Energy Conference: Decarbonization - A Business Perspective REGISTER

No business wants to lay off its employees, but sometimes, conditions force companies to cut back. A bill moving through the lame-duck session, however, could require companies to make these decisions earlier than they would otherwise like to.

The Assembly Labor Committee today approved A-5145, which would require businesses to pay severance to each laid-off employee if the layoffs impact 50 or more employees, both full and part time. It would also increase the required notice from 60 days to 90 days before the layoffs take effect.

NJBIA has worked with the Senate  sponsor on amendments that will mitigate some of the additional burdens it would have impose on business, but the severance provision still remains.

The bill would amend the WARN Notice Law to increase the minimum number of days’ notice that certain employers must give to employees of a covered plant closing, transfer, or mass layoff from 60 days to 90 days, and makes the law’s requirement to provide severance pay apply whether or not the employer provides the required notice.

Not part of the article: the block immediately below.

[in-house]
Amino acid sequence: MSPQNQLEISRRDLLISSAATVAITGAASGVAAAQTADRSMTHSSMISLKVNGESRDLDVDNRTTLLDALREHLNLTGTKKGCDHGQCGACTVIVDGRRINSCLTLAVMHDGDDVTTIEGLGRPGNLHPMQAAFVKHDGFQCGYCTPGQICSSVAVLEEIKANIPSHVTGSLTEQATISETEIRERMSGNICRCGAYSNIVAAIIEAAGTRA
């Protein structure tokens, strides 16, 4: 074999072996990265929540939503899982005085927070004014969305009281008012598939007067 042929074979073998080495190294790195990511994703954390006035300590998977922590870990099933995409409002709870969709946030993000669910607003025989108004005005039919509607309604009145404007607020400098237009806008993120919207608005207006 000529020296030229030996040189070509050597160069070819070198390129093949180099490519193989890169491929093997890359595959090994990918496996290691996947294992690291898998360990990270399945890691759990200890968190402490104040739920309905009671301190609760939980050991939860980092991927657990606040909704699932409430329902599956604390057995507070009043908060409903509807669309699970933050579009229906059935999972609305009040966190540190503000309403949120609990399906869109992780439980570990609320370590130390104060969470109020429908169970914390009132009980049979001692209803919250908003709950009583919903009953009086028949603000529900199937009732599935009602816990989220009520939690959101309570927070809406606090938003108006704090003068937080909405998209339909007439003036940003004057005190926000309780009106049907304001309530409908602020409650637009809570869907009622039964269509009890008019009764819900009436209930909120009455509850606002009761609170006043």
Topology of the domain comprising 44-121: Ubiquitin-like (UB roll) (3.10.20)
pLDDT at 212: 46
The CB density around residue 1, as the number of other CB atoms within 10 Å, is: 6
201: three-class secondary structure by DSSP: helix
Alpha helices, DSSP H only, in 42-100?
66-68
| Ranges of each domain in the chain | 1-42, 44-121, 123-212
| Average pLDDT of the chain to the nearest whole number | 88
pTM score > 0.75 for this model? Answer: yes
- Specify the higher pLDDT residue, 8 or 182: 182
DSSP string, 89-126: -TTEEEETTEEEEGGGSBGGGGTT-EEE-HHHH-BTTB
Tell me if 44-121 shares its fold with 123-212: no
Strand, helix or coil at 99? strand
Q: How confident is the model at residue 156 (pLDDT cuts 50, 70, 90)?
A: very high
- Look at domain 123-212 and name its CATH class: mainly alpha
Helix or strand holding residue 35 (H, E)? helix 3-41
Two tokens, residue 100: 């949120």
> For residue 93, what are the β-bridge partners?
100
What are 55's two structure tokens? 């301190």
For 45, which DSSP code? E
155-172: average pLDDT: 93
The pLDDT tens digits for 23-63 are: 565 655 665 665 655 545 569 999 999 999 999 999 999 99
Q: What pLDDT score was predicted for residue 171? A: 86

If they fail to provide 90 days’ notice, businesses would be penalized with an additional four weeks of severance.

Under the current WARN Notice Law, companies are only required to pay severance as a penalty for not complying with the notification requirements of the law. A-5145 would make it requirement even if notification is provided. It also requires the severance to equal to one week’s wages for every year an employee has worked for the employer.

“If enacted, this proposal would make our business climate even less competitive,” said NJBIA Vice President for Government Affairs Mike Wallace. “It would come after the enactment of a series of tax increases and other expensive mandates imposed on employers during the past year, including a higher corporate business tax, higher state income tax, new paid sick leave requirements and the signing of a $15 minimum wage.”